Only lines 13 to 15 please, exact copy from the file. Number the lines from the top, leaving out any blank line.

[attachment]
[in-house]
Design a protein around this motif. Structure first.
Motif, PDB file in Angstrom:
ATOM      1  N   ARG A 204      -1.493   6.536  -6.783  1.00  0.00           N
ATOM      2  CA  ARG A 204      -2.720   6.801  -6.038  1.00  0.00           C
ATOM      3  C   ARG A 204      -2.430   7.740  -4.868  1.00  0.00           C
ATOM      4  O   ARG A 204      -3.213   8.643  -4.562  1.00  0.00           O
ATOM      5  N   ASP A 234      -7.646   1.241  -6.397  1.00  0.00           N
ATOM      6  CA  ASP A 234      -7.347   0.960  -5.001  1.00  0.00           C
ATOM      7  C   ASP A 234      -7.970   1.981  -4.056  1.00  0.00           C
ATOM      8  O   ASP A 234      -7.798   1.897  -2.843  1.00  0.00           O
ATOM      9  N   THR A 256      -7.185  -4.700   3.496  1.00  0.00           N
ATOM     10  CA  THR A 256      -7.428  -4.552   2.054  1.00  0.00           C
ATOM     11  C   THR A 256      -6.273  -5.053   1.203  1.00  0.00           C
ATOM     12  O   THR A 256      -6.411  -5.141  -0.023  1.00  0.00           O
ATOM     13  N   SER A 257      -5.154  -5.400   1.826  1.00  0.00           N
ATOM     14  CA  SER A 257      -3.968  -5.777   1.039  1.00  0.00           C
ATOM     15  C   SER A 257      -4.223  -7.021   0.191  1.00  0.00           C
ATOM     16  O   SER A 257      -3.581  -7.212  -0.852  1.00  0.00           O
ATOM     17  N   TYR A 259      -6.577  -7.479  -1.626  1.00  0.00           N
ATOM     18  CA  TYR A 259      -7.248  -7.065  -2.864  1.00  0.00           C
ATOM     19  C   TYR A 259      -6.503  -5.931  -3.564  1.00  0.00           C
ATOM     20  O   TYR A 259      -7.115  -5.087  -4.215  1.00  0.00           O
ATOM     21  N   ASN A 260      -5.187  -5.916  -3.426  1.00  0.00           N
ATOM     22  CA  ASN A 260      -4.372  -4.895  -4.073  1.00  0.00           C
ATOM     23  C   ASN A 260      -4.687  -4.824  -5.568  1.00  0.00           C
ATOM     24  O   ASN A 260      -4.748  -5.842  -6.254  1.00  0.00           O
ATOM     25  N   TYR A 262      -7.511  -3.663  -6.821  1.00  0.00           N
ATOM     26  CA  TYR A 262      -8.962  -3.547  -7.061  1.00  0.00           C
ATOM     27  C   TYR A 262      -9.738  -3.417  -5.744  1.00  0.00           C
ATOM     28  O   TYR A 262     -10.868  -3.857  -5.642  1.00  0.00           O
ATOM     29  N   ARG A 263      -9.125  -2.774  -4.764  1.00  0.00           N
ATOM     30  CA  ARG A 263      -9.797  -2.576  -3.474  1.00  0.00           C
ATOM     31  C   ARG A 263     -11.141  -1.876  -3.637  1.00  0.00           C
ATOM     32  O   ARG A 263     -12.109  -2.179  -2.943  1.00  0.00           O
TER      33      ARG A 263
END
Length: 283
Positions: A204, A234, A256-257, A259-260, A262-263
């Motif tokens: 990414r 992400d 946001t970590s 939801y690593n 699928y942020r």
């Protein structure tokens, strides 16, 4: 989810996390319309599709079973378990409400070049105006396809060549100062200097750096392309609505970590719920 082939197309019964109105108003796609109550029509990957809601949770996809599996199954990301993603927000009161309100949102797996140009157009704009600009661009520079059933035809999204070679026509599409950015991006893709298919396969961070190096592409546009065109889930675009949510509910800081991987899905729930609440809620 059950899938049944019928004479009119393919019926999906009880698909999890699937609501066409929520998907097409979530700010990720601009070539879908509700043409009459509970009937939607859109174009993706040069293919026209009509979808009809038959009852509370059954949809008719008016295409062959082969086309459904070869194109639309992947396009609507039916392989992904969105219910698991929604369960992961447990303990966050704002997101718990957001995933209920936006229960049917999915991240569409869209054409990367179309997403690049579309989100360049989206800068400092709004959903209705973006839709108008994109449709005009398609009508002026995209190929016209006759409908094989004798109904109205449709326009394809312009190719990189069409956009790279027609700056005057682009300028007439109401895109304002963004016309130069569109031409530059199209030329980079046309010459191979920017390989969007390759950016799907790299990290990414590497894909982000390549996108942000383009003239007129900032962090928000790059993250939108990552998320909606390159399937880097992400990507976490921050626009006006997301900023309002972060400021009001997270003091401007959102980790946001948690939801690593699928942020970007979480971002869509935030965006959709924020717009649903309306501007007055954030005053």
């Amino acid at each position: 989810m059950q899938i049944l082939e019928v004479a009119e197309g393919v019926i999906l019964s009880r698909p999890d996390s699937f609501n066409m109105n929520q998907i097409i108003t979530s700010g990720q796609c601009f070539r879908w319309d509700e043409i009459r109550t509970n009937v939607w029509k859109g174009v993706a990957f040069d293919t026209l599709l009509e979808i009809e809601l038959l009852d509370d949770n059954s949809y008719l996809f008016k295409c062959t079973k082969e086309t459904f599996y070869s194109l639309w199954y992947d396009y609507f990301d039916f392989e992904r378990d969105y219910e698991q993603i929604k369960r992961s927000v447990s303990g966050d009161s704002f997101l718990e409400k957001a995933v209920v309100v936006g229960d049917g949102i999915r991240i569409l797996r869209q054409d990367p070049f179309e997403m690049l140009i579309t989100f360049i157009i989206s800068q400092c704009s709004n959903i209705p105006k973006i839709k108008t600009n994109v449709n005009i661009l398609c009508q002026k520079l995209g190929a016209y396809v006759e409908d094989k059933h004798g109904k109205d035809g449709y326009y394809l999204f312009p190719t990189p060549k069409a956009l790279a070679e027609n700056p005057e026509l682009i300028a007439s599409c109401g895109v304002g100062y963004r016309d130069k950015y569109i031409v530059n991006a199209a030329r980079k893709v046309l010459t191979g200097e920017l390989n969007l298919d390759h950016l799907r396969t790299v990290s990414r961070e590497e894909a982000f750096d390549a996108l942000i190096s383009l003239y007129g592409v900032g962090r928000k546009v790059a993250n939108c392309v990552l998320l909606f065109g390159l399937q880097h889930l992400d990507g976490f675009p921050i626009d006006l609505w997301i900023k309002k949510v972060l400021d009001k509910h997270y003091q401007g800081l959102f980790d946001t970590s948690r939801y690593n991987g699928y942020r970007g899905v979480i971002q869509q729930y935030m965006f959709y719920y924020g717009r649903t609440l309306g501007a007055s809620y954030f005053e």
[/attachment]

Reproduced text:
ATOM     10  CA  THR A 256      -7.428  -4.552   2.054  1.00  0.00           C
ATOM     11  C   THR A 256      -6.273  -5.053   1.203  1.00  0.00           C
ATOM     12  O   THR A 256      -6.411  -5.141  -0.023  1.00  0.00           O